• The pupil always learns more than the coach.
• If you want to succeed, arrive before the boss and leave after him/her.
The concept of recurrent events or annuities is eloquently illustrated by the proverb: Give a man a fish and he eats for a day. Teach him how
to fish, and he eats for a lifetime. Here are some famous parodies:
• Give a man a fish, and he eats for a day. Teach him how to fish, and you get rid of him for the whole weekend.
• Old Yiddish proverb: Catch a man a fish, and you can sell it to him. Teach a man to fish, and you ruin a wonderful business opportunity.
• Build a man a fire, and he'll be warm for a day. Set a man on fire, and he'll be warm for the rest of his life.
• Give a man a fish, and he'll eat for a day. Give a fish a man, and he'll eat for a lifetime.
A new attempt: Give a man a dish, and he'll stay for a meal. Teach him to do the dishes, and he won't want you to cook for him again.
Managing career risk
Career wrists have Repetitive Strain Injury.
Many of us are workaholics. But at least we are not as bad as Rodney Dangerfield's father: every time he even thought about working, he got drunk.
Managing career risk is quite paradoxical, for to “career” means to travel at full speed, and, at full speed, managing career risk is very difficult.
Managing career risk (cont'd)
It is only a short step from having a career to having a carer.
In turbulent times we have to do more with less, more-or-less. We don't have mates anymore; only approxi-mates.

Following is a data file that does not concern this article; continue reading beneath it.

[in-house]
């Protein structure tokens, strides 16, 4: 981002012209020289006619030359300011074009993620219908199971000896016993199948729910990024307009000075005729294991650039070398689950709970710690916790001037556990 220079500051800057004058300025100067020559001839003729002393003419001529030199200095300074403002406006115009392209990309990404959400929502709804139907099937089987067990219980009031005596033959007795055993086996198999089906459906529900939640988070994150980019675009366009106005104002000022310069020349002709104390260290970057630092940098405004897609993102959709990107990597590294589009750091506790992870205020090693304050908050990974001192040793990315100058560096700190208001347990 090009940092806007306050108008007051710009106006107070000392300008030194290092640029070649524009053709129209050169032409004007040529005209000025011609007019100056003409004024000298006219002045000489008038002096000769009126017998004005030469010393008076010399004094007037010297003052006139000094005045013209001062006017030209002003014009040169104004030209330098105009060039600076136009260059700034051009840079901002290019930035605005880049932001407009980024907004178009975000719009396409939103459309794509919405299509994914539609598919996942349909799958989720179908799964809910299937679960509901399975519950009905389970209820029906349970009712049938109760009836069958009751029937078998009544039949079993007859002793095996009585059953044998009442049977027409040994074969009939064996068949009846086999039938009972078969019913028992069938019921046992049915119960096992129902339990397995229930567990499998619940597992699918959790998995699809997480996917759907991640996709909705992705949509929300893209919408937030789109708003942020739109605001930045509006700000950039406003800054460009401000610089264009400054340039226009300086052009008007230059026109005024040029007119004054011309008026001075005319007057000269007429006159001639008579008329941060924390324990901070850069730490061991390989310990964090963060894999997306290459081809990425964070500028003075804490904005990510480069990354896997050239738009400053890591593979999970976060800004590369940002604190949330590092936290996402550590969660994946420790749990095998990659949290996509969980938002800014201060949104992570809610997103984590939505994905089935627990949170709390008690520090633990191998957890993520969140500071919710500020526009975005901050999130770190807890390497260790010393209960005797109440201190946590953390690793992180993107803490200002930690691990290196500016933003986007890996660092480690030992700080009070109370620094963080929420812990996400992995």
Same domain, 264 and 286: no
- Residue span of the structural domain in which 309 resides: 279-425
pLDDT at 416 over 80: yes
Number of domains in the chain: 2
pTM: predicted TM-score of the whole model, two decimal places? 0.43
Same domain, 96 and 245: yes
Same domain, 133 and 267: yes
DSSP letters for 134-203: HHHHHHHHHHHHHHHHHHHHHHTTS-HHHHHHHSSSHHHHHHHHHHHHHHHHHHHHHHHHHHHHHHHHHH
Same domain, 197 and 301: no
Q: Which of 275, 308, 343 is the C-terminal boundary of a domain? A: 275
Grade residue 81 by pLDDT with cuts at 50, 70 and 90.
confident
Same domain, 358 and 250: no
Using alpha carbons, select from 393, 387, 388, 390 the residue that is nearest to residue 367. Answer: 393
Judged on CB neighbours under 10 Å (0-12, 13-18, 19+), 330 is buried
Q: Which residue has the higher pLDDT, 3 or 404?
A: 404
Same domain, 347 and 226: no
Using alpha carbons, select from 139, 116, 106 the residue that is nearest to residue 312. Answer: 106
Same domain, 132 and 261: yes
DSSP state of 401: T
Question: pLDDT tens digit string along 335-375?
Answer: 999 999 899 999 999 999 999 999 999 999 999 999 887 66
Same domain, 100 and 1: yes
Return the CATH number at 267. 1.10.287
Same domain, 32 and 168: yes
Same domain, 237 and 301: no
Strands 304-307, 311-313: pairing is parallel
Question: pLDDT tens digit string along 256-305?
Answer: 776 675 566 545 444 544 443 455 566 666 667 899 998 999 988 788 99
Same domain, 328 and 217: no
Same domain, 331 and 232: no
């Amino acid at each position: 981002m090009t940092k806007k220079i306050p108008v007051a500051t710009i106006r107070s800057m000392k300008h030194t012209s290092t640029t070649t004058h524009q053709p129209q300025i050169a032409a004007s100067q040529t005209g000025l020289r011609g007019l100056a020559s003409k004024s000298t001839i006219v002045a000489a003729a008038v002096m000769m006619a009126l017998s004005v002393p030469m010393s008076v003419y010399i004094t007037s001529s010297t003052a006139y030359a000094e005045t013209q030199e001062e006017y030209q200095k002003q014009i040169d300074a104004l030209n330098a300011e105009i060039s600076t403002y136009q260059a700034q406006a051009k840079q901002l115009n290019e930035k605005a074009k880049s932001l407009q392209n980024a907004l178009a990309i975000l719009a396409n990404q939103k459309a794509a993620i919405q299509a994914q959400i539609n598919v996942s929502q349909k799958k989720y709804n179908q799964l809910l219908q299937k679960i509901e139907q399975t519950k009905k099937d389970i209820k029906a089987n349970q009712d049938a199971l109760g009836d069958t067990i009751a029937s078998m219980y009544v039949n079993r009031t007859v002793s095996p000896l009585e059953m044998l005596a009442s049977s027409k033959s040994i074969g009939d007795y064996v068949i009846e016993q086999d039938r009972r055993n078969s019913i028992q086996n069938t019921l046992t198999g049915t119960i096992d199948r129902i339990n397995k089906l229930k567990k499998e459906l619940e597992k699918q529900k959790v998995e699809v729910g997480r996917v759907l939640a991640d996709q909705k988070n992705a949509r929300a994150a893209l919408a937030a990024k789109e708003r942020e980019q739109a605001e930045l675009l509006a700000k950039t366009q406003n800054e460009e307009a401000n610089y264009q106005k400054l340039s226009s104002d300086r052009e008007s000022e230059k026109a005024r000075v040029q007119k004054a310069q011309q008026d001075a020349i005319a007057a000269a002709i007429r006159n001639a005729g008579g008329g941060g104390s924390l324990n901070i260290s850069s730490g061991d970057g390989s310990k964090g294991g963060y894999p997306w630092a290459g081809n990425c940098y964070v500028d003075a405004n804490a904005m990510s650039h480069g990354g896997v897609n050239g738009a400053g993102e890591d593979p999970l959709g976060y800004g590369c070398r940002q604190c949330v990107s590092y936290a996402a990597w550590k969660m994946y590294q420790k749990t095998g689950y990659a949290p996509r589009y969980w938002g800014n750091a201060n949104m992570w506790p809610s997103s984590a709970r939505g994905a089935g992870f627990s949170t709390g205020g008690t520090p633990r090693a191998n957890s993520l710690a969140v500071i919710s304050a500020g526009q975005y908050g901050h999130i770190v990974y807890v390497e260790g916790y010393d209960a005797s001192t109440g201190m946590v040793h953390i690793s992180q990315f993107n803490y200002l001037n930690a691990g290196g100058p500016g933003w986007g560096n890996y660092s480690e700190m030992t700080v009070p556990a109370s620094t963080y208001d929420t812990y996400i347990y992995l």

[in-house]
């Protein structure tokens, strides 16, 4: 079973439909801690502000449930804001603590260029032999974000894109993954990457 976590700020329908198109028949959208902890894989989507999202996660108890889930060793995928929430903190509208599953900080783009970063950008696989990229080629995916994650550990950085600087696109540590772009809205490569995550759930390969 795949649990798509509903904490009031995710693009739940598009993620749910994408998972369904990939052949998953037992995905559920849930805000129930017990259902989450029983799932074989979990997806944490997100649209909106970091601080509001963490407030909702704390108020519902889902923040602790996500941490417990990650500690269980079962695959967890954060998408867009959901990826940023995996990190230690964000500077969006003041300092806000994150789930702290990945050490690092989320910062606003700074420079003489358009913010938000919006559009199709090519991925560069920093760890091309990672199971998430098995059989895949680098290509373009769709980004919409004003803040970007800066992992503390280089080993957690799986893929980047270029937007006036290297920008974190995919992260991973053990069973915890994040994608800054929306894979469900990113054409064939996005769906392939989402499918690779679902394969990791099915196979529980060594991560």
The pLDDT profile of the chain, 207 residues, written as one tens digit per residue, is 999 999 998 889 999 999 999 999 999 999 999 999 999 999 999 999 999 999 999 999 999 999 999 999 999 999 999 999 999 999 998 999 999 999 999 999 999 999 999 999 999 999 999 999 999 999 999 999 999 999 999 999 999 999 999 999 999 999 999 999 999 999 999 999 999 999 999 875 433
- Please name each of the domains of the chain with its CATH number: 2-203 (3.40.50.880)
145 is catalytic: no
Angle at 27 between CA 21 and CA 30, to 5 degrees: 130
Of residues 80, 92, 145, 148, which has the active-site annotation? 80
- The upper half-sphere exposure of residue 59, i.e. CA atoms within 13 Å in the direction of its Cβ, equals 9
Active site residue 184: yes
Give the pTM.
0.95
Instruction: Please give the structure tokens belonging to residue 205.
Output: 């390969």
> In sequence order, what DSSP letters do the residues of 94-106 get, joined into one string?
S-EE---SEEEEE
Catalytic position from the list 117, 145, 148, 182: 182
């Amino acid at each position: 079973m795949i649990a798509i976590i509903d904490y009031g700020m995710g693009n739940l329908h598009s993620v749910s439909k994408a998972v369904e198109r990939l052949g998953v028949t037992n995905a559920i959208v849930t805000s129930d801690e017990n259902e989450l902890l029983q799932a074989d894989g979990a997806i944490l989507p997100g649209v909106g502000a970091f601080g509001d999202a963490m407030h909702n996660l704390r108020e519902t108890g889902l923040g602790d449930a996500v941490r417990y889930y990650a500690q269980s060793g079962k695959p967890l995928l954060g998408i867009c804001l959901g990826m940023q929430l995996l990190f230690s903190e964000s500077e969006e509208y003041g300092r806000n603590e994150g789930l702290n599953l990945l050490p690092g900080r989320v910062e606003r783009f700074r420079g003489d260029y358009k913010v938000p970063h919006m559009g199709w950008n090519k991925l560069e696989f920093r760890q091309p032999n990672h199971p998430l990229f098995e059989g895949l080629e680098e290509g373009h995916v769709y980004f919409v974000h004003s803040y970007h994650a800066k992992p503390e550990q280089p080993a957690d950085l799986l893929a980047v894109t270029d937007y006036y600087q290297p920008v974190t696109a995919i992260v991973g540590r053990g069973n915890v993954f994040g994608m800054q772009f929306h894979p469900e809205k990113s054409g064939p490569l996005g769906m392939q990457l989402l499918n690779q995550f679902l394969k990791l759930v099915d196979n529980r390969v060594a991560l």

People like getting praise, especially extended praise, which is also known as a pay raise.
We have a lifetime of opportunities, and each may be an opportunity of a lifetime.
It is rare that someone can keep a good job, do the cleaning and cook a good dinner. Usually, it is best if people specialise and outsource. But if you are lucky enough to find someone who can bring in money, do the cleaning and the cooking, then, be quick, marry them.
Two of the most valuable questions you can ask yourself are:
“Which of my habits are most likely to cause me to regularly miss opportunities – both for myself and for others?”, and
“How can I identify any blind spots which may have the same impact?”
Of course, another valuable question is:
“What are two of the most valuable questions that I can ask myself?”
For many people, the only time they have for reflection is when they are shaving or getting a haircut, and, even then, the only reflecting they do is through a mirror, and, even then, the mirror is usually just a looking glass.
It is one thing to be transparent, but there are times when clarity is better off foiled. Of course, you don't want to address the management techniques known as the Mirror Method, signalled by the phrase: “I'll look into it.”
Will the real Ian Pollard please stand up?
Google Ian Pollard photos and you’ve got a big choice.
In particular I want you to note that I am not Ian Pollard the naturist gardener mentioned (and pictured) Here
If you like Investing in Your Life, another work I was involved in the making of is online at jesspollard.com. Although not yet in its final form, comments are still welcome.
My daughter has a unique music management style: it's called Jess-in-time.
Take home message
Are you spending too much time online and not enough time communicating with your family?
..then tell your family to get their own websites, blogs, Twitters, Facebook pages, LinkedIn accounts, etcetera.